Since 2020, the rising waters of Lake Tanganyika in Burundi have worsened. The inhabitants of the littoral face the major problems. But those on Kanyenkoko Hill have a specific challenge: the lack of clean water. It is in Rumonge province (southwest of Burundi). This situation has major consequences on the health of the populations and remains worrying according to the blogger and Burundian journalist Pascal NDAYISENGA.
It is nine o’clock in Rumonge. A Sunday day. It is observed a movement back and forth in the streets of the city. “These people go to a Sunday prayer”, tells me Alexis, a motorcyclist who takes me to Kanyenkoko, from the urban center of the town of Rumonge.
The situation is quite the opposite on this hill. Women, men and children do not seem to follow suit. Some bring their objects out of their homes damaged by the rising waters. On the horizon, houses are on the ground, destroyed by the rising waters of Lake Tanganyika which keep getting worse. The district is in fact right on the coast of this lake.
According to the same inhabitants, these waters have started to rise since the year 2020. “We thought that the lake would recede a few meters during the dry season but we were disillusioned”, tells us a mother, holding her two children in her hands.
A worrying situation which thwarts efforts to achieve objective 3 of sustainable development and which justifies the urgency of action to make cities and human settlements inclusive, safe, resilient and sustainable.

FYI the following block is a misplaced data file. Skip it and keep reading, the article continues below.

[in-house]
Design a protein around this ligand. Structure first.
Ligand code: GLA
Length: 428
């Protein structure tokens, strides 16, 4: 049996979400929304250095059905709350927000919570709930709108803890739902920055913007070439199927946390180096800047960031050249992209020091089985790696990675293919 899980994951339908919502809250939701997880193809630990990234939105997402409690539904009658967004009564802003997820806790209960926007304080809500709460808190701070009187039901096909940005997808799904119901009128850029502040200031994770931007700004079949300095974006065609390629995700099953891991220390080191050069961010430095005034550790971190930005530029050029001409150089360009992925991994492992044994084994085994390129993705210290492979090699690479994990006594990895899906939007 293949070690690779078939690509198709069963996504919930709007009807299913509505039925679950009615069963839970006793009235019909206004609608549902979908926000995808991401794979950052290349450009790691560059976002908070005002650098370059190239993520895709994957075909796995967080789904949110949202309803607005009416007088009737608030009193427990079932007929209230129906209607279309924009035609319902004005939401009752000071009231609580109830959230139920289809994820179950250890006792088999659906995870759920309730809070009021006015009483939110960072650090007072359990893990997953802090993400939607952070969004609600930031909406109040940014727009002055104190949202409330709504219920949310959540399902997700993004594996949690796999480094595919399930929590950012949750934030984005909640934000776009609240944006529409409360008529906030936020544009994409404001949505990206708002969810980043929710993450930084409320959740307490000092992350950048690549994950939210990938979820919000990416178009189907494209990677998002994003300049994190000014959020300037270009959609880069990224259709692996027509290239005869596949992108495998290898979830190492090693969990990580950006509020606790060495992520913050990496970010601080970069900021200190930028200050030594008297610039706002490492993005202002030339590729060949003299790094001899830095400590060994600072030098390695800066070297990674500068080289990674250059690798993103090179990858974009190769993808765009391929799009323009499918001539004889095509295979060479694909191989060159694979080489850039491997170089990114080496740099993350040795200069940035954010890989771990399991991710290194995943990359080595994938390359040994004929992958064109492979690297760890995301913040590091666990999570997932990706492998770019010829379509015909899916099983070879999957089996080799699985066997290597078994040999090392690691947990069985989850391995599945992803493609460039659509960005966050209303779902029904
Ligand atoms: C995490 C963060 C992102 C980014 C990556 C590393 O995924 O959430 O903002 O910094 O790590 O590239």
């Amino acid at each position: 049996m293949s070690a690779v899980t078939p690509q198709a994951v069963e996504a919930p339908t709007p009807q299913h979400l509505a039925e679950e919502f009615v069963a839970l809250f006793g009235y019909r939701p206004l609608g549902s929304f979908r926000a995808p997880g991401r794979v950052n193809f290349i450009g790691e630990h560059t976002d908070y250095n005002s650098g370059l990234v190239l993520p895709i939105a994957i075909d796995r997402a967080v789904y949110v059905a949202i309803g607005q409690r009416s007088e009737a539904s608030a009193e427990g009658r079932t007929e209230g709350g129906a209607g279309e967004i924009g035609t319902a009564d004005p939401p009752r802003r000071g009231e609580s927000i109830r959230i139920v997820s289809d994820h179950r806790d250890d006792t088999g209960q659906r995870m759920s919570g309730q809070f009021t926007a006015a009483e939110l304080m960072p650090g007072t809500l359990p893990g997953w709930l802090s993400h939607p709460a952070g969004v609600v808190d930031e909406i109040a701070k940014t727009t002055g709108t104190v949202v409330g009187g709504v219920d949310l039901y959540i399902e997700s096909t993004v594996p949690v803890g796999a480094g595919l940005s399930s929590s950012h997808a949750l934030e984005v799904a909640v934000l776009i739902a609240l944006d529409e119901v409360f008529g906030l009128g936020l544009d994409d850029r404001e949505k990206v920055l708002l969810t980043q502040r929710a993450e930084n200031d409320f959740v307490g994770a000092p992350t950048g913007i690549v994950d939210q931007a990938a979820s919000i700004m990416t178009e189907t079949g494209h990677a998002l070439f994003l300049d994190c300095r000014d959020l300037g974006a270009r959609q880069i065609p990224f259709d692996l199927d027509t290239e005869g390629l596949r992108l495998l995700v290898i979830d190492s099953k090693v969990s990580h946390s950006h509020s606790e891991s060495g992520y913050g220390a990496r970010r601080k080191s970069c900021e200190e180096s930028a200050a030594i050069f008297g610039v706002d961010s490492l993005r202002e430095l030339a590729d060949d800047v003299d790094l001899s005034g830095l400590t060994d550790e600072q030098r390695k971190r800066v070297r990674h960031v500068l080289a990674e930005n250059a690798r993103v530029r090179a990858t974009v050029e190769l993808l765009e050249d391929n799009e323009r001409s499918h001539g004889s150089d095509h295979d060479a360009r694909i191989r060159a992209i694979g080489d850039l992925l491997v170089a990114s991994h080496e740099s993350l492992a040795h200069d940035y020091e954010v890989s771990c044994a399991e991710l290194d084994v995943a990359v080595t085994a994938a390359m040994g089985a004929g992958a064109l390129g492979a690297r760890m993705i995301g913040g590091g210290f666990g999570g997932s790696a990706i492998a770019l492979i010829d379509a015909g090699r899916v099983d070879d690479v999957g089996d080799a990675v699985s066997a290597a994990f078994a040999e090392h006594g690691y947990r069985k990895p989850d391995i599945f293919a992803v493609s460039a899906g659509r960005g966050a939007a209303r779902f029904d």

According to Madame Odette, a local elected official, about three hundred houses were destroyed by the rising waters. The figures are confirmed by the red cross in this southern province of the country which indicates that the situation is closely monitored. An agent responsible for data collection at the Red Cross specifies that some households have already been relocated. Thirty-two of them are grouped together in a common room of a center called CEMINA (Rumonge Center).
Another part of the affected households are staying with friends, others have found refuge in houses under construction.
Those who still live in their households face a major difficulty: lack of drinking water .
They are forced to draw the same waters from Lake Tanganyika.
“It is this water that we use for cooking, washing clothes and for our toilets because we do not have drinking water”, explains Louise one of these inhabitants.
For Eric, a student at one of the secondary schools in Rumonge, “We have no other choice. We have to draw some, ”he explains, loading his bicycle with four cans.
Households who have seen their homes destroyed had toilets whose wastes flowed into the stagnant waters of the lake. These waters have a foul odor. People who pass there regularly to fetch water already have pimples on their legs and fungus between their ears. “Other diseases can attack us if nothing is done,” warns a local elected representative. There is an emergency.
The Rumonge Red Cross tried to spray these waters every week to kill germs. But the distribution of drinking water would be an effective protection against some diseases. They also need mosquito nets to protect themselves from the mosquitoes that thrive in these stagnant waters.
Until Thursday, April 22, 2021, six hundred and twenty households had been affected by the rise of these waters of Lake Tanganyika in Rumonge Province according to Consolateur Nitunga, governor of this province.
This situation constitutes an obstacle to local development because these inhabitants do not work.
Their health is also at risk as long as nothing is done. This town of Rumonge is attacked every year by cholera, a disease of the hands.
By Pascal NDAYISENGA